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It was the best of times, it was the worst of times, it was the age of wisdom, it was the age of foolishness”: Charles Dickens in A Tale of Two Cities. The author’s reflections on France and Britain in the mid-19th century now echo in 21st-century India, trapped as we are in our Dickensian moment. If 2020 was the year of doom and gloom, 2021 is where hope alternates with despair in surreal discomfort. Early year optimism that the worst was over has descended into deepening concerns over a second Covid-19 wave.
Covid-19 cases have climbed to more than 100,000 a day, but if you are covering the state elections, you wouldn’t know that a pandemic was on. The masks are off as thousands gather at rallies. Lockdown rules and severe penalties are in place for the ordinary citizen, but devotees are in a celebratory mood at the Haridwar Maha Kumbh while cricket’s annual mela, the Indian Premier League, is set to kick off in Mumbai. Not more than 50 people can be invited to a wedding, but no Covid-19 protocols seem to apply to political rallies and religious gatherings. Crazy but true.
Maharashtra is the worst-affected Covid-19 state, but is also racked by political instability with the coalition government in Mumbai on a monthly ventilator. Its “Big Boss”, Sharad Pawar, was admitted to hospital for a surgery, barely days after reports surfaced of a clandestine dinner meeting between him and Union home minister Amit Shah in the backdrop of extortion charges made by a former Mumbai police commissioner against the state home minister who has finally stepped down.
It gets worse. The Union health ministry and the Maharashtra government are in an ugly face-off over vaccines. The claim that the state isn’t getting enough vaccines is a product of bureaucratic red tape, but so great is the trust deficit between Delhi and Mumbai that the fracas is hardly surprising.
Caught in the middle are anxious citizens queuing up at vaccination centres. Many netas, by virtue of age or other health conditions, have got their vaccinations; the lesser mortals must wait their turn.
Amid the wrangling, surely, one big lesson of 2020 is the need for the political leadership to focus on better Covid-19 management and get the economy back on track.
Sadly, it’s a lesson unlearnt. An important budget session of Parliament was cut short because netas had to hit the campaign trail. Most Union ministers aren’t in their offices, but instead have been assigned specific districts in Bengal to handle. Such is the obsessive desire of the Bharatiya Janata Party (BJP) to win Bengal that the central government is playing second fiddle to the party’s ambitions; it’s almost as if governance and crucial policy decisions can wait till Kolkata is conquered.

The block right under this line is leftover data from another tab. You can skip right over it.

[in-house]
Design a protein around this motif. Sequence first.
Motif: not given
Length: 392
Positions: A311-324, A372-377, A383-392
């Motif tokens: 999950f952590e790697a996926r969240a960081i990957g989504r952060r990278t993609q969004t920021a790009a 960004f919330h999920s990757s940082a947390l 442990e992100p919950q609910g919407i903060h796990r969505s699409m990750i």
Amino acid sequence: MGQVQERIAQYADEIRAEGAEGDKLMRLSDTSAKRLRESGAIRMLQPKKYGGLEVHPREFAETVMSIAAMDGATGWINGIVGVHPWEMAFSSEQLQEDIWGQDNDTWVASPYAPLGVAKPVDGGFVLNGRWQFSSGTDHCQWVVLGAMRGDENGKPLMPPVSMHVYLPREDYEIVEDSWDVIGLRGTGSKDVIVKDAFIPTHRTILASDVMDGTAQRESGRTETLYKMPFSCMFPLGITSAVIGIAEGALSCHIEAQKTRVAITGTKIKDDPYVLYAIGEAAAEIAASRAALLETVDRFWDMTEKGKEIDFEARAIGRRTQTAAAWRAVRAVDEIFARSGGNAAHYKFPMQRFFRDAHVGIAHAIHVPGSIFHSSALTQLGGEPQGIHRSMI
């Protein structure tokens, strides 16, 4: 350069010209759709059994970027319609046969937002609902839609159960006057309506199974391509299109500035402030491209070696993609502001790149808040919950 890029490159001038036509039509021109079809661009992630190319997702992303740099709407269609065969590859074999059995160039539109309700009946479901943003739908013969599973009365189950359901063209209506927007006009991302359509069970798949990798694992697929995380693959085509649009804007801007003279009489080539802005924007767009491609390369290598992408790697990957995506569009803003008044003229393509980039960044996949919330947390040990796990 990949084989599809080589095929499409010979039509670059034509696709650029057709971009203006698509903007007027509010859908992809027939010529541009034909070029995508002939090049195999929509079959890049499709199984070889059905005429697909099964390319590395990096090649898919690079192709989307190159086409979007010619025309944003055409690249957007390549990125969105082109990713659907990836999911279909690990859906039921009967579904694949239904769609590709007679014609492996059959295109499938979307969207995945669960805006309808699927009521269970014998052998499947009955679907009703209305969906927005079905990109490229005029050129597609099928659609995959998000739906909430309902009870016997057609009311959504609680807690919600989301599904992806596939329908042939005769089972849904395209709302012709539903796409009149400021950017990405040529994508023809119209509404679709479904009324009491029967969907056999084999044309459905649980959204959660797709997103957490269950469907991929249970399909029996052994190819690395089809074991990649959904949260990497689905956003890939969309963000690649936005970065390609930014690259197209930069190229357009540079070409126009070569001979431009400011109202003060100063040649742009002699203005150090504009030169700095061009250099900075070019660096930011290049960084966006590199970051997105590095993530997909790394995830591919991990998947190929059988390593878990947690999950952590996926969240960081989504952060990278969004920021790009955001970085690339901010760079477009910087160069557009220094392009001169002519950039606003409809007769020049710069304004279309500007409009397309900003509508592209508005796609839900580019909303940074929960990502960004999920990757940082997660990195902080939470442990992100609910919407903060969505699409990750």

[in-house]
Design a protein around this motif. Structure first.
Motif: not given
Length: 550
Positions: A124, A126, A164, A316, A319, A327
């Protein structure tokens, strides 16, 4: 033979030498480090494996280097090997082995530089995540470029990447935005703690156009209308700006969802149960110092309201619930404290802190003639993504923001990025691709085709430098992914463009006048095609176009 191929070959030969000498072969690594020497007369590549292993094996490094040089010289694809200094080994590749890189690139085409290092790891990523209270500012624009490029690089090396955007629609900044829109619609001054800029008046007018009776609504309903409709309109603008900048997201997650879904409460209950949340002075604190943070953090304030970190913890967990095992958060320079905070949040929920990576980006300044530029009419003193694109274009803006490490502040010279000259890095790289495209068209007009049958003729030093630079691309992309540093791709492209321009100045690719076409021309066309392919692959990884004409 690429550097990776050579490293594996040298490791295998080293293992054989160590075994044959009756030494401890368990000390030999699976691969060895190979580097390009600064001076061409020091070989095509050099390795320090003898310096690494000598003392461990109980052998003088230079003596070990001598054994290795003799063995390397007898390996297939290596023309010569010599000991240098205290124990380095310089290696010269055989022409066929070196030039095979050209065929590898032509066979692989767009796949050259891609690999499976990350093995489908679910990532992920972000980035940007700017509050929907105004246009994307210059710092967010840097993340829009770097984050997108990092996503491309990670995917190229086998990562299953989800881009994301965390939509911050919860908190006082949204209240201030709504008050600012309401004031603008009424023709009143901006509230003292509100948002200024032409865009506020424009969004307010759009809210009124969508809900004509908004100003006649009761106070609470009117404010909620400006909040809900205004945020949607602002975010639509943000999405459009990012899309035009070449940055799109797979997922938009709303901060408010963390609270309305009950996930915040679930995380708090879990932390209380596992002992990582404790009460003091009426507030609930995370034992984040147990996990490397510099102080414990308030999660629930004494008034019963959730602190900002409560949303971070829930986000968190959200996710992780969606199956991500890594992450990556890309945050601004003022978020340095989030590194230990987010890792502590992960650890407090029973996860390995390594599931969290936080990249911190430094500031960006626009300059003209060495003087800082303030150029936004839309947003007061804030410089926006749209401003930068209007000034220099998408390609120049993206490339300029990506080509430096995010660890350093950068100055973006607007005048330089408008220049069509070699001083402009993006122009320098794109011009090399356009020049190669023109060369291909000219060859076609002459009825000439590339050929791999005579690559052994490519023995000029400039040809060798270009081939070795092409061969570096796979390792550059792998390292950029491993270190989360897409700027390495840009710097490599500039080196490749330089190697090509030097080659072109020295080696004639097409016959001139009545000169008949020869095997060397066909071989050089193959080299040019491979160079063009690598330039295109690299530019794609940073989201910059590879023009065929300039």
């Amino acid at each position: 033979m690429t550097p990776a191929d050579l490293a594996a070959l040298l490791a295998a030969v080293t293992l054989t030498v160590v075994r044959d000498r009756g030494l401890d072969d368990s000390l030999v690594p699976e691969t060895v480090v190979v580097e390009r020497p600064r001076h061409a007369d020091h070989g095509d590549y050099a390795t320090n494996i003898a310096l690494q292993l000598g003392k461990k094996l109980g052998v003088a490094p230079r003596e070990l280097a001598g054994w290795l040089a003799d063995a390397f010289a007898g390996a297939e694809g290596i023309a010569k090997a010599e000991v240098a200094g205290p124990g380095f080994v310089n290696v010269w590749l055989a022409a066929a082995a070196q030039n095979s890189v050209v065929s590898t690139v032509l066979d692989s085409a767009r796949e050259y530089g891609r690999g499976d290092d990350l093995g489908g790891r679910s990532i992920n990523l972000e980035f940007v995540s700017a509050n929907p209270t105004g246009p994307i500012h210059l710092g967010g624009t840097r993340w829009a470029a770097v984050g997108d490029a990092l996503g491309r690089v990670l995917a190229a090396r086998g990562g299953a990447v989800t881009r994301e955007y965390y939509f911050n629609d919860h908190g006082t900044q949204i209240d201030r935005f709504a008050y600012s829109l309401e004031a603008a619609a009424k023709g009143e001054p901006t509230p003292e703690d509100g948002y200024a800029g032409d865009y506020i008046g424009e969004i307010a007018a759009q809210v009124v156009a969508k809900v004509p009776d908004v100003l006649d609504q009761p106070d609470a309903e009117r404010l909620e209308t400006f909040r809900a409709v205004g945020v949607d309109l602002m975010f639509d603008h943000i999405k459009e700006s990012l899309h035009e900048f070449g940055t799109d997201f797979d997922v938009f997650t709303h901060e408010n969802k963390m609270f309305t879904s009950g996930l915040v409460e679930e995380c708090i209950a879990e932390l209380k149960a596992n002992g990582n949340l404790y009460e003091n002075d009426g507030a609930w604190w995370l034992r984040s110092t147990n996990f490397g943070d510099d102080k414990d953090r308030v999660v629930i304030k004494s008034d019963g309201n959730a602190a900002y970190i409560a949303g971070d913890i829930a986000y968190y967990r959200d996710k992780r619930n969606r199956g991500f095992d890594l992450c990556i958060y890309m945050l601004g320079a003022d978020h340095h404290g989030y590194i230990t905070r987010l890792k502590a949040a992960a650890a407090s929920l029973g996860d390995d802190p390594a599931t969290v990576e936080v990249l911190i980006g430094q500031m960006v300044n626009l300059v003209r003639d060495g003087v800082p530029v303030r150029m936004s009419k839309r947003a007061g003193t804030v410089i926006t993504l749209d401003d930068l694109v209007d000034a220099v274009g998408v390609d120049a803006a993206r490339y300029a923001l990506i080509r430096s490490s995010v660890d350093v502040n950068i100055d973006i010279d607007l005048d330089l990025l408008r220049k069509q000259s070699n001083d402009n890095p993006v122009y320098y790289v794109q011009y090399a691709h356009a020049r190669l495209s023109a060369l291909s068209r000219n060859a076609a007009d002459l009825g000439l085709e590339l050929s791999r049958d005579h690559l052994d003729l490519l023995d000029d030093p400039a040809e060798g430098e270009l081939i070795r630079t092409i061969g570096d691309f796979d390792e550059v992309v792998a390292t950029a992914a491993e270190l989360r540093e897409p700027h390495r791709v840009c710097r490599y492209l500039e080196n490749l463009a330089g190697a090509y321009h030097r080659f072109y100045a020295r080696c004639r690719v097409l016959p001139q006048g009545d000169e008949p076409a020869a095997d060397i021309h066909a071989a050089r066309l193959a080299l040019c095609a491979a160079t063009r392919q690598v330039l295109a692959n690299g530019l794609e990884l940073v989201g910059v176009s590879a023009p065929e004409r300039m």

In television studios, we are told that a V-shaped recovery is on its way, but, on the ground, as one travels from Kerala to Assam, the one unifying factor is visible economic distress, especially among those in the unorganised sector. Jobs have been lost, incomes have shrunk, fuel prices have risen, but the dominant narrative on the campaign trail is once again about religion and the Hindu-Muslim divide. In Assam, the “pro-migrant” Badruddin Ajmal is the “enemy” figure, while in Kerala the rhetoric of “love jihad”, Sabarimala, Hindu traditions, Muslim appeasement and Church assertion now threatens decades of harmony. In Bengal, the religious polarisation has become so acute that chief minister Mamata Banerjee revealed her gotra and recited the Chandi Path. The one state relatively free of the religion card is Tamil Nadu but that’s perhaps because the number of Muslims is not significant enough here to make a difference at election time.
And in the midst of the spiralling poll insanity around us, the Election Commission’s role is coming under the scanner. The body is supposed to be a neutral umpire but there are allegations that it is increasingly looking like a 12th man for the ruling party at the Centre — ready to show a red card to the Opposition but hesitant to blow the whistle when the BJP plays foul. These allegations are fuelled by its own actions: Even when it did act against BJP strongman Himanta Biswa Sarma, the penalty was quickly diluted.
Meanwhile, farmers are still agitating and demanding that the farm laws be withdrawn. Their agitation has been on for at least four months now. Surprisingly, we don’t hear of rising Covid-19 cases in the farm community — though experts warn of its potential to be a super-spreader event, especially given the rising cases in Punjab — even as those in Mumbai’s high-rises bear the brunt. Is the battle-hardened kisan more immune to the virus than the sharp-suited Indian? May be, may be not: in the India of 2021, kuch bhi ho sakta hai (anything can happen).
Post-script: Whether India’s farmers are Covid-19 proof or not, netas sure think they are. On the campaign trail in Assam, Sarma, who is also the state’s health minister, has refused to wear a mask. When asked why, he brazened it out: “There is no corona in Assam.” Another neta offers us an even better one-liner when we ask him why he doesn’t wear a mask on a roadshow. “Please, understand, people have gathered here to see me, not you. How can they see me properly if I wear a mask?”
Rajdeep Sardesai is a senior journalist and author
The views expressed are personal